The importance of re-engineering the supply chain

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Supply Chain Models

Organisations can achieve supply chain excellence through the use of either existing supply chain models, or by developing their own model or by using a combination of the two. Current models in the furniture industry has developed over a number of years and incorporate the vital issues needed to survive in the industry. Certain problems however persist in supply chain management, the most common ones being slow stock turns, damaged stock, phased out lines, high transport costs and ineffective warehousing and ordering techniques.
These problems have persisted over the last few decades. Furniture retailers are still in a daily struggle to reduce stockholdings and order correct merchandise quantities. Different or new models could assist retailers in re-engineering and strategic planning of the supply chain.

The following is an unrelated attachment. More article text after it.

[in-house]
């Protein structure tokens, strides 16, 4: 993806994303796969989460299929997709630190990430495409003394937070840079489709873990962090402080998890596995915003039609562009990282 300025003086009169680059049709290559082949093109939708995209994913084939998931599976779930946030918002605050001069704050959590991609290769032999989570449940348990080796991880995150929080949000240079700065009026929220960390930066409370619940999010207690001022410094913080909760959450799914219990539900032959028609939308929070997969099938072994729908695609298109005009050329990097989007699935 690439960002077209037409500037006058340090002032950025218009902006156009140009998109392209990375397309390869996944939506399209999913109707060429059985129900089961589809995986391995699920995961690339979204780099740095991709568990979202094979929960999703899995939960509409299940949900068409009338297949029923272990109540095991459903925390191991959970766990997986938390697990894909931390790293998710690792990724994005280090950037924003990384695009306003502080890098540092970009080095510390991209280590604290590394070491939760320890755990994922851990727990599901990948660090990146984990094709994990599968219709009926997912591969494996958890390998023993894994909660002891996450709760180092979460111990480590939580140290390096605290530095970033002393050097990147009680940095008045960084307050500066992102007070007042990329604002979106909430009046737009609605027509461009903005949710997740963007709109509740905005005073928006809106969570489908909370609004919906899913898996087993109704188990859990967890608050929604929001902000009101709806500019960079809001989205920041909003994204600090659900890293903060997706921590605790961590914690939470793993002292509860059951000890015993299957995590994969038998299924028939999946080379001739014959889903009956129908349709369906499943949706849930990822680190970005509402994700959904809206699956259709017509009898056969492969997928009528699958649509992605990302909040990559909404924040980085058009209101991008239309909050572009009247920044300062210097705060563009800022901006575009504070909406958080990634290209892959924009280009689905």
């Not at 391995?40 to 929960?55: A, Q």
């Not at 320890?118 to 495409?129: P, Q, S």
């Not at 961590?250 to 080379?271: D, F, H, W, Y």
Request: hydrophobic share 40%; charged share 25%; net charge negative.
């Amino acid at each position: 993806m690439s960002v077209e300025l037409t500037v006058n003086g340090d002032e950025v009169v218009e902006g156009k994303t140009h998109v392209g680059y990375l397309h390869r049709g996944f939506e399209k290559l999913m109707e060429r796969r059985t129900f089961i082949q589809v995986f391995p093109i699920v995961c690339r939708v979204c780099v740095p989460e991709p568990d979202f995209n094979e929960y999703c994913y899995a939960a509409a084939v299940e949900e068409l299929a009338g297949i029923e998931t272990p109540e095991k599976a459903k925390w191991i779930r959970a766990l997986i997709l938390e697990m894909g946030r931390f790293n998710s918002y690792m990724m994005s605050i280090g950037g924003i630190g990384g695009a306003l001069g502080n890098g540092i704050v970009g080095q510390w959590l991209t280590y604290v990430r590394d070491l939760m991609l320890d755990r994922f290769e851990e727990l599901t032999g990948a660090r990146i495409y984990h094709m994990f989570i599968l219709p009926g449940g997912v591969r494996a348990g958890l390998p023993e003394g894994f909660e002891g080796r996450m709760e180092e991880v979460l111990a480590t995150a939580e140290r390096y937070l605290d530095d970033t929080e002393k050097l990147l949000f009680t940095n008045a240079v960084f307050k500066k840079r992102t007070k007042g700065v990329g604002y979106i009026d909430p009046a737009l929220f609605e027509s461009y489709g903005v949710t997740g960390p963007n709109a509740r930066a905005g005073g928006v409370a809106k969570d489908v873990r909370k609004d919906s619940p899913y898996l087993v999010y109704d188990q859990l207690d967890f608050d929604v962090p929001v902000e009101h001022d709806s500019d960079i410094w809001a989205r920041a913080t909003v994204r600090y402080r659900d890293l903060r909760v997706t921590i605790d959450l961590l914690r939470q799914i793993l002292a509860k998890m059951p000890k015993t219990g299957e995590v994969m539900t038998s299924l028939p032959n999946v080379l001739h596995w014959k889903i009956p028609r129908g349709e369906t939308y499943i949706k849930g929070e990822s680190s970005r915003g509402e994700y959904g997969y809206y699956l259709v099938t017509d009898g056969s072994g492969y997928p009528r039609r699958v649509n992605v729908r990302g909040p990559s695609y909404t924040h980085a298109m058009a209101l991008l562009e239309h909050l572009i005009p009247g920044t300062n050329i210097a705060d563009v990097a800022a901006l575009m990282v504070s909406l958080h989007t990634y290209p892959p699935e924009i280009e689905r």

Various supply chain models have been developed by researchers over the past decade. The renewed interest in integrated supply chain management is ensuring that research continues. The ideal or perfect model has not yet been developed but groundbreaking work has been done. Different models will be named but only four will be discussed in detail.
Researchers have realised that models must be developed to assist organisations in their search for supply chain optimisation. Stalk, Evans & Shulman(1992:23) write that at a time when cost pressures are pushing many companies to out-source more and more activities, capabilities – based competitors are integrating vertically to ensure that they, not a supplier or distributor, control the performance of key business processes.